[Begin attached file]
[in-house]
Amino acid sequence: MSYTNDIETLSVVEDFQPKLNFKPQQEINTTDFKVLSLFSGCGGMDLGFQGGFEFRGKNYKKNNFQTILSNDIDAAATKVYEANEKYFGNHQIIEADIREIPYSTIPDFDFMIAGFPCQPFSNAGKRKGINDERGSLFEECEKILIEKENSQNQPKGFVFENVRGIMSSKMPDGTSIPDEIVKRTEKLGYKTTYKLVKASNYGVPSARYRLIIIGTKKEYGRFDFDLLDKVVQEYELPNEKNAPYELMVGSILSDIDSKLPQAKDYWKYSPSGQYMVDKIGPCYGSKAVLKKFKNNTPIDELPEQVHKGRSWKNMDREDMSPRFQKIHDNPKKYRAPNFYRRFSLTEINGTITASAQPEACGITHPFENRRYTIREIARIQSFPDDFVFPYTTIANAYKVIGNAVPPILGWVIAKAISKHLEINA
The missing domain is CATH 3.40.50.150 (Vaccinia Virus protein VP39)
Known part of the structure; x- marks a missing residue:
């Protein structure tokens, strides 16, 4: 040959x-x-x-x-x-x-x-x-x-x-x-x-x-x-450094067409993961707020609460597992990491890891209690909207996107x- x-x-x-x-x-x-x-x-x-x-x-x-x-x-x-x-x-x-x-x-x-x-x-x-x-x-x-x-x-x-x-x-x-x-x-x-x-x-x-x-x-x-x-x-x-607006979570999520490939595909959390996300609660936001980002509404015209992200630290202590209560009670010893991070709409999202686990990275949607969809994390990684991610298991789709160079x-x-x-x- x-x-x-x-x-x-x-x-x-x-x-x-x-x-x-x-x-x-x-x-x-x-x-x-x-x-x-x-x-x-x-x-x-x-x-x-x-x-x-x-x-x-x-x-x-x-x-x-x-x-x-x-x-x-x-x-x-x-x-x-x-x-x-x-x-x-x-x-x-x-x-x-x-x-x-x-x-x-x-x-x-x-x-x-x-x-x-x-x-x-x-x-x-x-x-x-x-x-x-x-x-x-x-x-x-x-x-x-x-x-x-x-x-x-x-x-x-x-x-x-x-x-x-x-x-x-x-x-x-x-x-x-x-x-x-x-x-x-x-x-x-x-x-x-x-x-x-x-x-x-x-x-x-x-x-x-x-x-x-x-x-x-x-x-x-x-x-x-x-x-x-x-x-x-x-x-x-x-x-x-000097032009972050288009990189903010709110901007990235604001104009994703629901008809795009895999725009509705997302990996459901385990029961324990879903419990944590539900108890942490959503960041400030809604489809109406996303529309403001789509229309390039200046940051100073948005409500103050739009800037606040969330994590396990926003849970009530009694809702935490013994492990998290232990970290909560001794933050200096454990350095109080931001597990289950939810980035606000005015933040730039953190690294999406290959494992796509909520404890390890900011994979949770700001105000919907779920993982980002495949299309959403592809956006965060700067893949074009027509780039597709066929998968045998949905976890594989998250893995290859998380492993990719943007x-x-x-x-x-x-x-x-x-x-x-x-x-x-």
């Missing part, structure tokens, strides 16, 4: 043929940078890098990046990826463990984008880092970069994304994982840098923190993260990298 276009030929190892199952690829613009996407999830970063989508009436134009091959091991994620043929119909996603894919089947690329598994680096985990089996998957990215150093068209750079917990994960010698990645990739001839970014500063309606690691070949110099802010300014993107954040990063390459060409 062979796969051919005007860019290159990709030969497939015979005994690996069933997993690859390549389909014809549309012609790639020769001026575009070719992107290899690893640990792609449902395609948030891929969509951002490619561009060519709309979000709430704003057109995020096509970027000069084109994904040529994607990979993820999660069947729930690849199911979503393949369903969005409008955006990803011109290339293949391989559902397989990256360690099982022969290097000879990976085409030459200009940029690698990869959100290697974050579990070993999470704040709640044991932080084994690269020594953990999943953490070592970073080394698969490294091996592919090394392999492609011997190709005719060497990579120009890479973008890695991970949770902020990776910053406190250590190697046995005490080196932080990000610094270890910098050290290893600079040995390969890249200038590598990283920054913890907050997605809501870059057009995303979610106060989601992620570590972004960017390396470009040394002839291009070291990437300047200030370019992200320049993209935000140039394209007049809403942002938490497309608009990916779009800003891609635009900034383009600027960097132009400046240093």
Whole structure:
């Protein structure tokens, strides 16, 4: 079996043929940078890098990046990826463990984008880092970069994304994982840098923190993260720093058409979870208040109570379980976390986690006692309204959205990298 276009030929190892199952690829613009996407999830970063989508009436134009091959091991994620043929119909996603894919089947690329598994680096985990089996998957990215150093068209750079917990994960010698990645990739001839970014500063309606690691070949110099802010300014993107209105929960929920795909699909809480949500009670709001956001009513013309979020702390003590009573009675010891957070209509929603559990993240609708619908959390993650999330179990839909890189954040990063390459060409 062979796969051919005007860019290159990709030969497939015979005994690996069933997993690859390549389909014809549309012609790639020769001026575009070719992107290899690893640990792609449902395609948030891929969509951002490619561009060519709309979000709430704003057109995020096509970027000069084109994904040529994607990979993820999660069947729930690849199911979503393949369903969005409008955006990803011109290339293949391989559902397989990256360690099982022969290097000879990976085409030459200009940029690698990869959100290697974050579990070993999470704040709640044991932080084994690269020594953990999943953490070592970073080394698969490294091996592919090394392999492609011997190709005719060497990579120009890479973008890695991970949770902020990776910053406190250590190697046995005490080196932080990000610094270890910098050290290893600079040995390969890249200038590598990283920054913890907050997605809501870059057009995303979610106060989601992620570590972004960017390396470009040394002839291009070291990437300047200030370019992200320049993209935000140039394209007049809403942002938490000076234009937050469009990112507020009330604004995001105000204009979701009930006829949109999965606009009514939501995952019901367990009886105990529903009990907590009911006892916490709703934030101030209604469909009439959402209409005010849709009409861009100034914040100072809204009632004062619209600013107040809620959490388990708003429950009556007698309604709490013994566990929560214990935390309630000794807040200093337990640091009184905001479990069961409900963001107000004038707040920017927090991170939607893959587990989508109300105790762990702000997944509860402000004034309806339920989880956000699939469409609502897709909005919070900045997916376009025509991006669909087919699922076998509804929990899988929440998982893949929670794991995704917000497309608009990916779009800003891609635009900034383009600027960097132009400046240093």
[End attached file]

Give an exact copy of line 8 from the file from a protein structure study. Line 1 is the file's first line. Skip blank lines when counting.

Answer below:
């Protein structure tokens, strides 16, 4: 079996043929940078890098990046990826463990984008880092970069994304994982840098923190993260720093058409979870208040109570379980976390986690006692309204959205990298 276009030929190892199952690829613009996407999830970063989508009436134009091959091991994620043929119909996603894919089947690329598994680096985990089996998957990215150093068209750079917990994960010698990645990739001839970014500063309606690691070949110099802010300014993107209105929960929920795909699909809480949500009670709001956001009513013309979020702390003590009573009675010891957070209509929603559990993240609708619908959390993650999330179990839909890189954040990063390459060409 062979796969051919005007860019290159990709030969497939015979005994690996069933997993690859390549389909014809549309012609790639020769001026575009070719992107290899690893640990792609449902395609948030891929969509951002490619561009060519709309979000709430704003057109995020096509970027000069084109994904040529994607990979993820999660069947729930690849199911979503393949369903969005409008955006990803011109290339293949391989559902397989990256360690099982022969290097000879990976085409030459200009940029690698990869959100290697974050579990070993999470704040709640044991932080084994690269020594953990999943953490070592970073080394698969490294091996592919090394392999492609011997190709005719060497990579120009890479973008890695991970949770902020990776910053406190250590190697046995005490080196932080990000610094270890910098050290290893600079040995390969890249200038590598990283920054913890907050997605809501870059057009995303979610106060989601992620570590972004960017390396470009040394002839291009070291990437300047200030370019992200320049993209935000140039394209007049809403942002938490000076234009937050469009990112507020009330604004995001105000204009979701009930006829949109999965606009009514939501995952019901367990009886105990529903009990907590009911006892916490709703934030101030209604469909009439959402209409005010849709009409861009100034914040100072809204009632004062619209600013107040809620959490388990708003429950009556007698309604709490013994566990929560214990935390309630000794807040200093337990640091009184905001479990069961409900963001107000004038707040920017927090991170939607893959587990989508109300105790762990702000997944509860402000004034309806339920989880956000699939469409609502897709909005919070900045997916376009025509991006669909087919699922076998509804929990899988929440998982893949929670794991995704917000497309608009990916779009800003891609635009900034383009600027960097132009400046240093």